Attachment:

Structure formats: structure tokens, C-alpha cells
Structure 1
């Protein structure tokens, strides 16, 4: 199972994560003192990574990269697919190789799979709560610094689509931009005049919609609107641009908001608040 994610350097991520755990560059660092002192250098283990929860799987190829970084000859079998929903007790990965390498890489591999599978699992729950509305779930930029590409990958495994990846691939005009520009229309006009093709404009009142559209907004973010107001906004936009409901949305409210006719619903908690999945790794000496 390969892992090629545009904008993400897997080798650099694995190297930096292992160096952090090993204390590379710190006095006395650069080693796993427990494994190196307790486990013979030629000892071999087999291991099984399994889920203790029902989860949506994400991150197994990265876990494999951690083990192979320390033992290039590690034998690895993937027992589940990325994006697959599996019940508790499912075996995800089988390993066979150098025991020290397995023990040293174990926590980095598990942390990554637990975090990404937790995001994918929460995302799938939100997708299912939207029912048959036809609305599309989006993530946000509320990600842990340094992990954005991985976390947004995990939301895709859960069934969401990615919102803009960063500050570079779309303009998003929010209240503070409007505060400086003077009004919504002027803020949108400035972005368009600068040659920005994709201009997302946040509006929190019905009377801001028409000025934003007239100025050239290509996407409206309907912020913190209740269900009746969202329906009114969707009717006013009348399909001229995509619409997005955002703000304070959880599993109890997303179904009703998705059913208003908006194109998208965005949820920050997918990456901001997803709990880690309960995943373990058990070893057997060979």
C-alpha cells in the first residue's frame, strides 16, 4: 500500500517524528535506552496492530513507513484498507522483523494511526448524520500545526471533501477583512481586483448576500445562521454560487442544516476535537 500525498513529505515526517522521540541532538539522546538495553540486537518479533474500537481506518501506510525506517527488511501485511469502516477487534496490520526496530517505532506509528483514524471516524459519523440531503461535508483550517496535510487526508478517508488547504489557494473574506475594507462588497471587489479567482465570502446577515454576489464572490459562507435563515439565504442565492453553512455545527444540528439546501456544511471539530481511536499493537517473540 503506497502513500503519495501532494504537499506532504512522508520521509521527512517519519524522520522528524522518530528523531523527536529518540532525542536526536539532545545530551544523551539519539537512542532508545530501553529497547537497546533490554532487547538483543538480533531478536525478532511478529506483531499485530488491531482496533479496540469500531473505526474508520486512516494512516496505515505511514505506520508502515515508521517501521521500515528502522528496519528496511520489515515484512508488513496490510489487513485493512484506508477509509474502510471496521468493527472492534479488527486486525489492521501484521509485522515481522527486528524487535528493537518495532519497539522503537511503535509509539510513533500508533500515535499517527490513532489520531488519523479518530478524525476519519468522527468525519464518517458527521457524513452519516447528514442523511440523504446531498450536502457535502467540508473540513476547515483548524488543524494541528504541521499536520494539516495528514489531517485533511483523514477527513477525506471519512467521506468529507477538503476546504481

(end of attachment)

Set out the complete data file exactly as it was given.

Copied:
Structure formats: structure tokens, C-alpha cells
Structure 1
């Protein structure tokens, strides 16, 4: 199972994560003192990574990269697919190789799979709560610094689509931009005049919609609107641009908001608040 994610350097991520755990560059660092002192250098283990929860799987190829970084000859079998929903007790990965390498890489591999599978699992729950509305779930930029590409990958495994990846691939005009520009229309006009093709404009009142559209907004973010107001906004936009409901949305409210006719619903908690999945790794000496 390969892992090629545009904008993400897997080798650099694995190297930096292992160096952090090993204390590379710190006095006395650069080693796993427990494994190196307790486990013979030629000892071999087999291991099984399994889920203790029902989860949506994400991150197994990265876990494999951690083990192979320390033992290039590690034998690895993937027992589940990325994006697959599996019940508790499912075996995800089988390993066979150098025991020290397995023990040293174990926590980095598990942390990554637990975090990404937790995001994918929460995302799938939100997708299912939207029912048959036809609305599309989006993530946000509320990600842990340094992990954005991985976390947004995990939301895709859960069934969401990615919102803009960063500050570079779309303009998003929010209240503070409007505060400086003077009004919504002027803020949108400035972005368009600068040659920005994709201009997302946040509006929190019905009377801001028409000025934003007239100025050239290509996407409206309907912020913190209740269900009746969202329906009114969707009717006013009348399909001229995509619409997005955002703000304070959880599993109890997303179904009703998705059913208003908006194109998208965005949820920050997918990456901001997803709990880690309960995943373990058990070893057997060979």
C-alpha cells in the first residue's frame, strides 16, 4: 500500500517524528535506552496492530513507513484498507522483523494511526448524520500545526471533501477583512481586483448576500445562521454560487442544516476535537 500525498513529505515526517522521540541532538539522546538495553540486537518479533474500537481506518501506510525506517527488511501485511469502516477487534496490520526496530517505532506509528483514524471516524459519523440531503461535508483550517496535510487526508478517508488547504489557494473574506475594507462588497471587489479567482465570502446577515454576489464572490459562507435563515439565504442565492453553512455545527444540528439546501456544511471539530481511536499493537517473540 503506497502513500503519495501532494504537499506532504512522508520521509521527512517519519524522520522528524522518530528523531523527536529518540532525542536526536539532545545530551544523551539519539537512542532508545530501553529497547537497546533490554532487547538483543538480533531478536525478532511478529506483531499485530488491531482496533479496540469500531473505526474508520486512516494512516496505515505511514505506520508502515515508521517501521521500515528502522528496519528496511520489515515484512508488513496490510489487513485493512484506508477509509474502510471496521468493527472492534479488527486486525489492521501484521509485522515481522527486528524487535528493537518495532519497539522503537511503535509509539510513533500508533500515535499517527490513532489520531488519523479518530478524525476519519468522527468525519464518517458527521457524513452519516447528514442523511440523504446531498450536502457535502467540508473540513476547515483548524488543524494541528504541521499536520494539516495528514489531517485533511483523514477527513477525506471519512467521506468529507477538503476546504481